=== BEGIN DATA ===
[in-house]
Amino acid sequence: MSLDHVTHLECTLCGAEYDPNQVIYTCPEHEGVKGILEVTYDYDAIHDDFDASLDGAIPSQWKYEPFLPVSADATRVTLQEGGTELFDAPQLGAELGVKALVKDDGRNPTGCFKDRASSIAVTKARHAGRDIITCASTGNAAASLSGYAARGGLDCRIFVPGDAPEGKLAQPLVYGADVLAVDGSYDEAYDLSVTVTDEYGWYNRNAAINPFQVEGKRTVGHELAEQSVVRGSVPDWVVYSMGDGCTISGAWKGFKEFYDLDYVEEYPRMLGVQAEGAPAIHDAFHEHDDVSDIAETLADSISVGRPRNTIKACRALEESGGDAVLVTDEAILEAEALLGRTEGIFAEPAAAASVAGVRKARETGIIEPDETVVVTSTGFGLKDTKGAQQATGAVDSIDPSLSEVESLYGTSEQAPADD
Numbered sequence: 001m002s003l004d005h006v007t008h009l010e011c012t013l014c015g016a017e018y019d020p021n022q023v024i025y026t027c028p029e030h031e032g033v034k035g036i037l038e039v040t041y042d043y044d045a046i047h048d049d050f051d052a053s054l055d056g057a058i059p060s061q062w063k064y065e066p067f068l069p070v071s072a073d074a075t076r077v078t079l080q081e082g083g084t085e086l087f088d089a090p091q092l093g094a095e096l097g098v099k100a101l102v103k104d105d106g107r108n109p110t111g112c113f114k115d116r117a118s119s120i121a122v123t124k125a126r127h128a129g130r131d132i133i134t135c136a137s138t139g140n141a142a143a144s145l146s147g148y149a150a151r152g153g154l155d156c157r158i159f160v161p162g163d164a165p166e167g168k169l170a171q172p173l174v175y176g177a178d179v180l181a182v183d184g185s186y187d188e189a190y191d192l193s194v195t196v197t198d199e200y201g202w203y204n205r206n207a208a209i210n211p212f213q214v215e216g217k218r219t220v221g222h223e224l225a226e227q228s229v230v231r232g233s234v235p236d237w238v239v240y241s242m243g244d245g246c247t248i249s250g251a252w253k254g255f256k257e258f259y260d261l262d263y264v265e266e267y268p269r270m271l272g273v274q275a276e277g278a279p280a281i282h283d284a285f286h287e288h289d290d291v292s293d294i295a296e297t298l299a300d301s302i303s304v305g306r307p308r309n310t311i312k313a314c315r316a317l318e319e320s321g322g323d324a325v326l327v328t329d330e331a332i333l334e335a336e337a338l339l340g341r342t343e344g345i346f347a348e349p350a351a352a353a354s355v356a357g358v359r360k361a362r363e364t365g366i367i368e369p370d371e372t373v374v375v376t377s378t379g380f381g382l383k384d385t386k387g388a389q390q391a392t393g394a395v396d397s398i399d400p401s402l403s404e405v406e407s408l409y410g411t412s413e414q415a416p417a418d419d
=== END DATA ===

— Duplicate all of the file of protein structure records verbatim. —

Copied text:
[in-house]
Amino acid sequence: MSLDHVTHLECTLCGAEYDPNQVIYTCPEHEGVKGILEVTYDYDAIHDDFDASLDGAIPSQWKYEPFLPVSADATRVTLQEGGTELFDAPQLGAELGVKALVKDDGRNPTGCFKDRASSIAVTKARHAGRDIITCASTGNAAASLSGYAARGGLDCRIFVPGDAPEGKLAQPLVYGADVLAVDGSYDEAYDLSVTVTDEYGWYNRNAAINPFQVEGKRTVGHELAEQSVVRGSVPDWVVYSMGDGCTISGAWKGFKEFYDLDYVEEYPRMLGVQAEGAPAIHDAFHEHDDVSDIAETLADSISVGRPRNTIKACRALEESGGDAVLVTDEAILEAEALLGRTEGIFAEPAAAASVAGVRKARETGIIEPDETVVVTSTGFGLKDTKGAQQATGAVDSIDPSLSEVESLYGTSEQAPADD
Numbered sequence: 001m002s003l004d005h006v007t008h009l010e011c012t013l014c015g016a017e018y019d020p021n022q023v024i025y026t027c028p029e030h031e032g033v034k035g036i037l038e039v040t041y042d043y044d045a046i047h048d049d050f051d052a053s054l055d056g057a058i059p060s061q062w063k064y065e066p067f068l069p070v071s072a073d074a075t076r077v078t079l080q081e082g083g084t085e086l087f088d089a090p091q092l093g094a095e096l097g098v099k100a101l102v103k104d105d106g107r108n109p110t111g112c113f114k115d116r117a118s119s120i121a122v123t124k125a126r127h128a129g130r131d132i133i134t135c136a137s138t139g140n141a142a143a144s145l146s147g148y149a150a151r152g153g154l155d156c157r158i159f160v161p162g163d164a165p166e167g168k169l170a171q172p173l174v175y176g177a178d179v180l181a182v183d184g185s186y187d188e189a190y191d192l193s194v195t196v197t198d199e200y201g202w203y204n205r206n207a208a209i210n211p212f213q214v215e216g217k218r219t220v221g222h223e224l225a226e227q228s229v230v231r232g233s234v235p236d237w238v239v240y241s242m243g244d245g246c247t248i249s250g251a252w253k254g255f256k257e258f259y260d261l262d263y264v265e266e267y268p269r270m271l272g273v274q275a276e277g278a279p280a281i282h283d284a285f286h287e288h289d290d291v292s293d294i295a296e297t298l299a300d301s302i303s304v305g306r307p308r309n310t311i312k313a314c315r316a317l318e319e320s321g322g323d324a325v326l327v328t329d330e331a332i333l334e335a336e337a338l339l340g341r342t343e344g345i346f347a348e349p350a351a352a353a354s355v356a357g358v359r360k361a362r363e364t365g366i367i368e369p370d371e372t373v374v375v376t377s378t379g380f381g382l383k384d385t386k387g388a389q390q391a392t393g394a395v396d397s398i399d400p401s402l403s404e405v406e407s408l409y410g411t412s413e414q415a416p417a418d419d